Fake PAF and PAT # pickups
Here is a sheet of typical fake patent waterslides currently on Ebay. The good thing about most fakers is they are total amateurs. The "fakeness" can be recognized immediately. This particular example is a sheet of 210 decals being offered on Ebay for $1400. I don't know who made them and perhaps it was never their intention to get it right. I see this version offered all over the place as "accurate". If you are going to do replica than at least try.
All pictures are "clickable" to enlarge.
Here are some examples of REAL pafs
Whats the difference? Lets look in detail
A Real Pat # Pickup
Pat # decal comparison
Here is a better yet still inaccurate PAF decal being offered on Ebay by a different seller. The decal is better but there is one big clue the pickup is not real.
Compared to a real one
Notes and Conclusion:
Original Gibson decals are silkscreened with solvent based inks. There are two colors, black and gold. The outline is not gold. Over time the decal material yellows and in photos the perimeter can look gold. It is not. In hand its quite easy to see. The outline is ambered (yellowed) clear. Solvent ink/pigments appear age differently than today's product. The old school decals also seem to have been done using a mesh that was perhaps to course for the job. You can see it in the gold. These decals were produced more than once as some appear messy, others quite clean. Screens can get clogged as well so a run could start clean and end up looking not so great. The size of the outline varies. Some are thin others have a larger outline. Since these decals were utilitarian and not meant to be seen by the customer, I am certain they were done cheaply and quickly. Detail was not important. The tough part is recreating the imperfections later. It takes talent.
New decals are usually made by computer reliant people with no background in old school methods. They make the mistakes of first picking a "close" computer font to the original, then laying it out with the computer which justifies letters and words too perfectly. One can adjust this but most are to reliant and lazy. Or they just don't know what detail is. Most seem to miss the letter and word placements being way off relative to each other (compared to originals). In really bad examples the decals are printed using thermal transfer printers and not silkscreen at all. The Gold on these looks like gold foil. Also very common in Fake headstock decals being sold on Ebay.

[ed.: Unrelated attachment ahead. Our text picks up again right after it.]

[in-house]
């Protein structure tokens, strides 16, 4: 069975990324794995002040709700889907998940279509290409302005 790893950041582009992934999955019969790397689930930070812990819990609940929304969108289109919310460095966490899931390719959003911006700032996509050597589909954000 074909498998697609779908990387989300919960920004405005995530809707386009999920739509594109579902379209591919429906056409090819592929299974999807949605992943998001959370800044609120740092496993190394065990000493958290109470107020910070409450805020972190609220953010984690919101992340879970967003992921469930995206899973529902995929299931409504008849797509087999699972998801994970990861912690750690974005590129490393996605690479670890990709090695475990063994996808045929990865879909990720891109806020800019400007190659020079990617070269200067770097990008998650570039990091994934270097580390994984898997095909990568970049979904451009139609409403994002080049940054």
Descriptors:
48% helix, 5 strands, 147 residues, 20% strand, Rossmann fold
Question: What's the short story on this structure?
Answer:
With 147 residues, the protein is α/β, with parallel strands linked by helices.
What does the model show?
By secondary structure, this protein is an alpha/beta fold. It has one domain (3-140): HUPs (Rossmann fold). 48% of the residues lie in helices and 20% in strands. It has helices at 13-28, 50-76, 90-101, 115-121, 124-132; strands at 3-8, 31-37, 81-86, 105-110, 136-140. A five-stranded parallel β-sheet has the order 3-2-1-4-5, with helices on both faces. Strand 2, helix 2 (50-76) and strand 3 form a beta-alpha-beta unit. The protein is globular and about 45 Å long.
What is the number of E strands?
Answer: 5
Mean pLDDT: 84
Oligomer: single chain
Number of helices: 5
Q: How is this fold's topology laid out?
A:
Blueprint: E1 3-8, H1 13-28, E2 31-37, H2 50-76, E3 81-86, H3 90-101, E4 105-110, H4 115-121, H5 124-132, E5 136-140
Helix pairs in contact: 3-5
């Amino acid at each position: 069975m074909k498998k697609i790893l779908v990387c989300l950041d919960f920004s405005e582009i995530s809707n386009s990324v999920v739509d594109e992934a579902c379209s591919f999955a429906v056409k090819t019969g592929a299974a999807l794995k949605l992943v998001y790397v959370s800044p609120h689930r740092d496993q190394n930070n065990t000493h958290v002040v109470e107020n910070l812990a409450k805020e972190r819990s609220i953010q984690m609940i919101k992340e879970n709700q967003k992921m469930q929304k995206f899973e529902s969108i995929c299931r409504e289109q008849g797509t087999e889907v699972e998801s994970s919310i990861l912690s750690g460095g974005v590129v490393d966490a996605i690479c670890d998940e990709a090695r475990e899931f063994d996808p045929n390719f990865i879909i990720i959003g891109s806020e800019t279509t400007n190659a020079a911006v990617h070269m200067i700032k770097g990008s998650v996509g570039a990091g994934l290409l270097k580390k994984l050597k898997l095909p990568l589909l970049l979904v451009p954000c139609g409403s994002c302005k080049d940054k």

There are good fakes. Occasionally you will get a working mix like a qualified silkscreener who also is a big guitar fan. This person with the knowledge, eye for detail and a real PAF in hand could easily duplicate the decals. This has been done. Its very hard to verify these of course as they have been done correctly. You don't see this kind of product all over the place like the crap is but good replica certainly exists.
Really good replica stuff is quite hard to find. Its always a mix of trades and those with vintage knowledge. A good luthier is likely not a machinist, silkscreener, plastics experts, etc etc. see where I am going with this? Really good replica is limited to those with the time, knowledge, and connections to get many pieces of a single puzzle done. It is very expensive. Crap is cheap and easy. Its no different than any other industry. The reason fake Tiffany jewellery on Ebay is not perfect is the same as guitar replica. The details are what is expensive. Tiffany spends $ on great designs then polishes the pieces off to great finished detail. The cheap knock of cannot recreate those details on their budget (and substitutes material for gold and silver). You will see the flaws immediately in the knock off. Vintage guitar parts are certainly not Tiffany jewellery, but recreating the scars and imperfections of old can be even more difficult.